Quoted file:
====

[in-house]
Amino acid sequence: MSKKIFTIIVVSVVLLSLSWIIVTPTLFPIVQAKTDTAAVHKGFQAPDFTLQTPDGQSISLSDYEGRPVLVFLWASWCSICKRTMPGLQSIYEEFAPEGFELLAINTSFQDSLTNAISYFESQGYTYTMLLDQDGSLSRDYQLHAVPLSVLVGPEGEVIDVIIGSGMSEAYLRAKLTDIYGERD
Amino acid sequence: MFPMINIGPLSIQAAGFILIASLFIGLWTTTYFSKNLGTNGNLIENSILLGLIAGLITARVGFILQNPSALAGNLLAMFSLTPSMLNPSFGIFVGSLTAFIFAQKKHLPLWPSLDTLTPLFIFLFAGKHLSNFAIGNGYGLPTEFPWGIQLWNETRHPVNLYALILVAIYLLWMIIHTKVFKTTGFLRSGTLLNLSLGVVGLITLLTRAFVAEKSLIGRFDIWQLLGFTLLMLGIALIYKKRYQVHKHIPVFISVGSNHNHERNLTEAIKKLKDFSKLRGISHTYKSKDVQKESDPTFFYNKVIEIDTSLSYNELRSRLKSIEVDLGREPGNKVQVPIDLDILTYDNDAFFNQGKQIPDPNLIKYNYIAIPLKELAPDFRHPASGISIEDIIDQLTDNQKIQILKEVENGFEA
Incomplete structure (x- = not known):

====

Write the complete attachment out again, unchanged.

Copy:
[in-house]
Amino acid sequence: MSKKIFTIIVVSVVLLSLSWIIVTPTLFPIVQAKTDTAAVHKGFQAPDFTLQTPDGQSISLSDYEGRPVLVFLWASWCSICKRTMPGLQSIYEEFAPEGFELLAINTSFQDSLTNAISYFESQGYTYTMLLDQDGSLSRDYQLHAVPLSVLVGPEGEVIDVIIGSGMSEAYLRAKLTDIYGERD
Amino acid sequence: MFPMINIGPLSIQAAGFILIASLFIGLWTTTYFSKNLGTNGNLIENSILLGLIAGLITARVGFILQNPSALAGNLLAMFSLTPSMLNPSFGIFVGSLTAFIFAQKKHLPLWPSLDTLTPLFIFLFAGKHLSNFAIGNGYGLPTEFPWGIQLWNETRHPVNLYALILVAIYLLWMIIHTKVFKTTGFLRSGTLLNLSLGVVGLITLLTRAFVAEKSLIGRFDIWQLLGFTLLMLGIALIYKKRYQVHKHIPVFISVGSNHNHERNLTEAIKKLKDFSKLRGISHTYKSKDVQKESDPTFFYNKVIEIDTSLSYNELRSRLKSIEVDLGREPGNKVQVPIDLDILTYDNDAFFNQGKQIPDPNLIKYNYIAIPLKELAPDFRHPASGISIEDIIDQLTDNQKIQILKEVENGFEA
Incomplete structure (x- = not known):